It’s World Sleep Day this Sunday!

Having a hard time losing weight? Concentrating? Struggling with your mental health? Feeling overly stressed, drained, and just overall depleted? IT COULD BE YOUR SLEEP! Did you know that humans spend 1/3 of their life sleeping?! If we spend that much of our life asleep, it must be important, right? Especially if it has an entire day dedicated to it! The answer is YES! Sleep supports every process in the human body. It supports our ability to develop immunity, regulates metabolism, impacts our daily mental and physical functioning, and affects our risk of developing a chronic disease. During sleep, the body replenishes its energy, and repairs cells, tissue, and muscles. The brain actually has a huge influx of cerebrospinal fluid, the fluid that flows in and around the brain and spinal cord, to wash away harmful waste products that build up during the day between your brain cells (called the glymphatic system). Think of it as sleep giving the brain a deep clean! This process can only occur during sleep. It’s no wonder that when we get a poor night of sleep, we have a harder time thinking clearly!

All of the things you are struggling with, including difficulty losing weight, fatigue, irritability, concentration, libido, hormonal imbalances, and even chronic disease, could be (and are likely) related to inadequate sleep. Cortisol, our stress hormone, starts off highest in the morning and decreases throughout the day. The hormone that offsets cortisol is melatonin. As cortisol decreases, melatonin is supposed to increase to help regulate our sleep-wake cycle. However, when cortisol levels continue to be elevated later in the day, due to things such as chronic stress, melatonin production is suppressed. When melatonin production is suppressed, our body loses its natural sleep-wake cycle. What else can suppress melatonin production? The biggest, most common factor we see in functional medicine, is that people are exposing themselves to screens within 2 hours of attempting to sleep. Unfortunately, there are some people who are unable to avoid screens within 2 hours of bedtime. What is the next best thing to avoiding screens you might ask? BLUE LIGHT GLASSES. By blocking the blue light that is released from screens, it can help reduce the impact of screen time on your night of sleep, and melatonin release is less suppressed.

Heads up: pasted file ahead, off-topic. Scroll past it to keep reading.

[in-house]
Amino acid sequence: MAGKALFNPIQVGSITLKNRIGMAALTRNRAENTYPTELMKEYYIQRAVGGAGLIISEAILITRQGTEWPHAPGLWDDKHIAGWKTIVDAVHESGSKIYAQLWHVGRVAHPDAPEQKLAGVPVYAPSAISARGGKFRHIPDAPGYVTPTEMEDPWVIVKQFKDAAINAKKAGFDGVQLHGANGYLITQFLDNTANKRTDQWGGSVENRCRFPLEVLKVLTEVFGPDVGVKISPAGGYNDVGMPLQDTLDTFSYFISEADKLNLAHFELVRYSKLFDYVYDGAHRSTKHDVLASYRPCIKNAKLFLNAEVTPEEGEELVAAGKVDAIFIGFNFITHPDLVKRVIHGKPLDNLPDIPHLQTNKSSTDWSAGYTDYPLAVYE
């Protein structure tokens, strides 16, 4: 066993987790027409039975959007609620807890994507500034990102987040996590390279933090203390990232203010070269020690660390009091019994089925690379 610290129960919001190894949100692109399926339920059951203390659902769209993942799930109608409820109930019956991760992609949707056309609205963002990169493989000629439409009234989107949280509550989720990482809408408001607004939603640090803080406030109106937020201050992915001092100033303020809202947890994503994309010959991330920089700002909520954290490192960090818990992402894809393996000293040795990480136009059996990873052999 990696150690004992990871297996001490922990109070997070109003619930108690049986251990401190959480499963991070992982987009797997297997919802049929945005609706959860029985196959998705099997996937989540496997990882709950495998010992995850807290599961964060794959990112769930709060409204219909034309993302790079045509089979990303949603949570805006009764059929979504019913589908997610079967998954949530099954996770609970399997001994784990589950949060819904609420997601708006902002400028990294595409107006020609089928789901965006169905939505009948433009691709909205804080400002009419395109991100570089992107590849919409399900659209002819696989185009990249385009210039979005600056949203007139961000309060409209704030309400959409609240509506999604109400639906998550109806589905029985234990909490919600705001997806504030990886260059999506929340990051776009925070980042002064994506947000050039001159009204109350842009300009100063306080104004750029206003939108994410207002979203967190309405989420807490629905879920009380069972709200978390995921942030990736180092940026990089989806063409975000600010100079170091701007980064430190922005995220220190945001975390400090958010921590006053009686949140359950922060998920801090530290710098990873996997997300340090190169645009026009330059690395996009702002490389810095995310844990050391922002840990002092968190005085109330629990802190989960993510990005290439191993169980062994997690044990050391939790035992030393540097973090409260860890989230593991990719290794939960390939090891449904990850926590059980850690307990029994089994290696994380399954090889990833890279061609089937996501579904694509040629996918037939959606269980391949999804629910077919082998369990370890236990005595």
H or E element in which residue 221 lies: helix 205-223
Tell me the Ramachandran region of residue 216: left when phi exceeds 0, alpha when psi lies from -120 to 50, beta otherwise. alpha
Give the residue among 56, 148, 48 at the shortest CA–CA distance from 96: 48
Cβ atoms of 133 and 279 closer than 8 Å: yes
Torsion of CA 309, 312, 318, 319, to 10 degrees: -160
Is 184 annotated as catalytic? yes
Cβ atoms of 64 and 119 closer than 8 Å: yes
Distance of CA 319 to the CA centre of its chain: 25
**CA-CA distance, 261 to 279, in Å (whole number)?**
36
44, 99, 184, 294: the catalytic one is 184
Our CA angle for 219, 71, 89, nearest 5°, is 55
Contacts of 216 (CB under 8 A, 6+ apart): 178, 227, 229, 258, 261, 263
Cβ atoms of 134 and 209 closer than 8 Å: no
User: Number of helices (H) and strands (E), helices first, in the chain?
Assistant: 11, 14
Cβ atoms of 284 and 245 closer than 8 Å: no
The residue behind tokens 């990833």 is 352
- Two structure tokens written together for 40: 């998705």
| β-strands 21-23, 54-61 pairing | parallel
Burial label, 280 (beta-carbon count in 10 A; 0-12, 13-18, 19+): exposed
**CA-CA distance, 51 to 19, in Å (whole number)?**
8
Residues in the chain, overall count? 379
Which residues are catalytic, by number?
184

Still struggling with sleep? Here are some additional tips that may be helpful:

  1. Avoid TV and screens for at least 2 hours before bed.
  2. Try to avoid any caffeine intake after 2 pm.
  3. Exercise regularly. Regular exercise can be extremely helpful in improving sleep patterns!
  4. Incorporate meditation or deep breathing exercises to help reduce stress and promote melatonin release.
  5. Avoid alcohol. Even though alcohol can help you fall asleep easier, it can lead to poor sleep quality and duration.
  6. Stop eating 3 hours before bed. When you eat later at night, it disrupts your body’s natural circadian rhythm. Eat at least 3 hours before bed to help promote a regular circadian rhythm.
  7. Go to bed and wake up at the same time each day.
  8. If you are unable to fall asleep within 20 minutes, get out of bed and do something calming in a room that is dimly lit.

Sleep difficulty can be caused by different reasons and can affect people in different ways. Some people fall asleep quickly but will have frequent nighttime awakenings. Others take hours to fall asleep, but once they fall asleep, they are only able to catch a few hours of zzz’s before their alarm clock goes off. Some people think they sleep great, but never seem to wake refreshed. If this sounds like you, come see our functional medicine team to help you figure out why you are having difficulty sleeping, and what you can do about it to improve your sleep and overall health!